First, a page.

The year’s first camping trip

The Auto-Sleepers Gloucester at Mercedes-Benz World

The Auto-Sleepers Gloucester at Mercedes-Benz World

If you have a penchant for fine motoring allied with a slight tendency to jealously, may I respectfully suggest you move to another blog post now? Partly because if my first test of the year were a stick of rock it would have ‘Mercedes-Benz’ printed through it.

It began with the delivery of the fabulous Auto-Sleepers Gloucester motorhome, built on a Mercedes chassis. Suffice to say, if you’re looking for a well-specified vehicle that’s a joy to drive – and supremely comfortable to live in – you’ll be hard pushed to better the Gloucester. You can find out more in March’s issue of Camping & Caravanning.

Since it was still the school holidays, I enjoyed my daughter’s company on the trip down south. We spent a great evening on site, putting the Gloucester’s Avtex TV/DVD player through its paces with a five-series box set of The Big Bang Theory.

It was an early start the next morning, as we planned to get to Mercedes-Benz World by 8.30. My invitation included the words: “first-come, first-served” and we didn’t want to miss a moment…

So on one of the first working days of the year, at the time when I’d normally be powering up my Mac in the office and on a school day Sabrina would be in a maths lesson, we were test driving a Mercedes-Benz SLK 250 CDI BlueEFFICIENCY AMG SPORT down the A3 towards Guildford with the hood down. The fact that the map suggested we should have been travelling in the opposite direction suddenly didn’t seem all that important…

It was a great day’s driving and Sabrina took the chance to get behind the wheel as well – both on the off-road track and elsewhere – with instructors from the Mercedes-Benz DrivingAcademy.

Sabrina takes to the wheel

Sabrina takes to the wheel

And before we left I took the motorhome on part of the famous banked track at Brooklands. I may only have reached about 2 miles per hour – but it was a privilege to use even a short section of track that saw so many incredible drives and record-breaking attempts in the early 20th century.

Here’s to plenty more great testing in 2013!

First posted on The Camping and Caravanning Club’s blog – dated 9 Jan 2013


A Day Van that lives up to its name

I’ve just said a sad farewell to an Auto Campers Classic Day Van – a small campervan I’ve been looking forward to testing since I saw the prototype at the Boat and Caravan Show in Birmingham back in February. Unfortunately circumstances meant my colleague Iain Geddes did the full test last weekend and I only managed to take it home for one evening.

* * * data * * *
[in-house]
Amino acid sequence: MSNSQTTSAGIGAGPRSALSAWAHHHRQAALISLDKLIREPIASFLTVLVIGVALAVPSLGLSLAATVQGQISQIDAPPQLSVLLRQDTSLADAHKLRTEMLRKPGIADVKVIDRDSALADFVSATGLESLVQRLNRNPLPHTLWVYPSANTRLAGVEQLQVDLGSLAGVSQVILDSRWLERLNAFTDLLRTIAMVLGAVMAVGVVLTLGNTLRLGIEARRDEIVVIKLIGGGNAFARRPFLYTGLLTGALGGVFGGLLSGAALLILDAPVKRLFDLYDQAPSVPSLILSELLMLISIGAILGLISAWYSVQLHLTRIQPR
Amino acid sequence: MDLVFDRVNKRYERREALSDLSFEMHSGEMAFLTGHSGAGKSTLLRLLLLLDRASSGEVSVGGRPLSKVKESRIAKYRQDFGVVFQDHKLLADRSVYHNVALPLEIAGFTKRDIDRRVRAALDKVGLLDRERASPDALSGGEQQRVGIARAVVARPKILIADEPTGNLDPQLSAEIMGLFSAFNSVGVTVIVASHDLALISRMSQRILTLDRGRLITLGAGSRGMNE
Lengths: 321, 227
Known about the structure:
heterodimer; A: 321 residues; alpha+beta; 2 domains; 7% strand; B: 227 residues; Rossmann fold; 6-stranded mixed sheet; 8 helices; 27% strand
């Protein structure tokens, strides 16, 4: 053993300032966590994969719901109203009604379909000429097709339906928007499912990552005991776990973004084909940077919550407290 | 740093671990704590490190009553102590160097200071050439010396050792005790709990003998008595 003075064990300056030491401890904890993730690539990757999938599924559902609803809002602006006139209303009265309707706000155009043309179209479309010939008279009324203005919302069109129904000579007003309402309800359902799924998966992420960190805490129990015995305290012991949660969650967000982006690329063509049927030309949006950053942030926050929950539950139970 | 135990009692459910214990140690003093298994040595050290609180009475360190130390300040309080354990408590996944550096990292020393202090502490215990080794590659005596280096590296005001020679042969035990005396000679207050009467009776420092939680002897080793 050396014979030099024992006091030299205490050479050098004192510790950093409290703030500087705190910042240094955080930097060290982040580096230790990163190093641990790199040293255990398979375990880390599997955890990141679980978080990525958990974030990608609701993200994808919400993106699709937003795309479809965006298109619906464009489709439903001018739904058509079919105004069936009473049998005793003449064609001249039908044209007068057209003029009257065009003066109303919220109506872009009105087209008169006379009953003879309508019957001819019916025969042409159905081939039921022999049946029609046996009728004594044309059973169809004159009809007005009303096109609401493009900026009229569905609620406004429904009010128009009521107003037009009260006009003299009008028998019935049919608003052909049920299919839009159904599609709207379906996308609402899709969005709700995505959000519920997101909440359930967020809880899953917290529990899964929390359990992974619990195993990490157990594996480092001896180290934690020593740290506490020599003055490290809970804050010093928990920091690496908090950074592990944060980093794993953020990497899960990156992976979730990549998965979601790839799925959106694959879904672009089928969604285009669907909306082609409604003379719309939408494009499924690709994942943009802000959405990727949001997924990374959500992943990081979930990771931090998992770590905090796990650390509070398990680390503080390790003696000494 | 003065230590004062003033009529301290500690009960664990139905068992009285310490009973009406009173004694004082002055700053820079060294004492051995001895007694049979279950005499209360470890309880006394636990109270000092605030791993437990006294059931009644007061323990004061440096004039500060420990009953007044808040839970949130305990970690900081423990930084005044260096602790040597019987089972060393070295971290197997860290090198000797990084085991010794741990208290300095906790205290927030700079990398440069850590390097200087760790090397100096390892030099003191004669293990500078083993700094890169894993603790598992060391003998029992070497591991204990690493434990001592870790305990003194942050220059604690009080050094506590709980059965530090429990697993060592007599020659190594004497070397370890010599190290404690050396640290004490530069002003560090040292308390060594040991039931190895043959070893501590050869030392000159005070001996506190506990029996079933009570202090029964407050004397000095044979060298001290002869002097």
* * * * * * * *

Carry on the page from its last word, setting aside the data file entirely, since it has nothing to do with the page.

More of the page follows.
Nevertheless, it still strikes me as a van that’s been designed by someone who understands what’s needed in a unit to use every day. It’s the little things that make it, such as the diesel two-ring hob that doesn’t rattle when you’re driving around town. Using diesel also means you don’t have to worry about turning off the gas before you drive off and you’re welcome in the Channel Tunnel, so why don’t more converters use it?

The Day Van in the November sunshine

The Day Van is based on a Ford Transit and you know you’re driving a diesel van from the engine note. And there are slightly fewer creature comforts than in a VW T5, for example. Nevertheless the price differential is considerable. Day Van prices start at less than £25,000 while the cheapest VW California comes in at more than £42,000.

To be honest, it’s a relief to drive a campervan where the handbrake is in a sensible place. However many times I drive a Fiat Ducato conversion I struggle with the parking brake on the right-hand side. I find I need to do an orang-utan impression to reach it. The Transit conversion also looks like a standard white van from the front (apart from the awning on the offside) so people on the road tend to treat you as a ‘white van man’ at first glance – which gives a certain sense of power for someone who normally drives a supermini.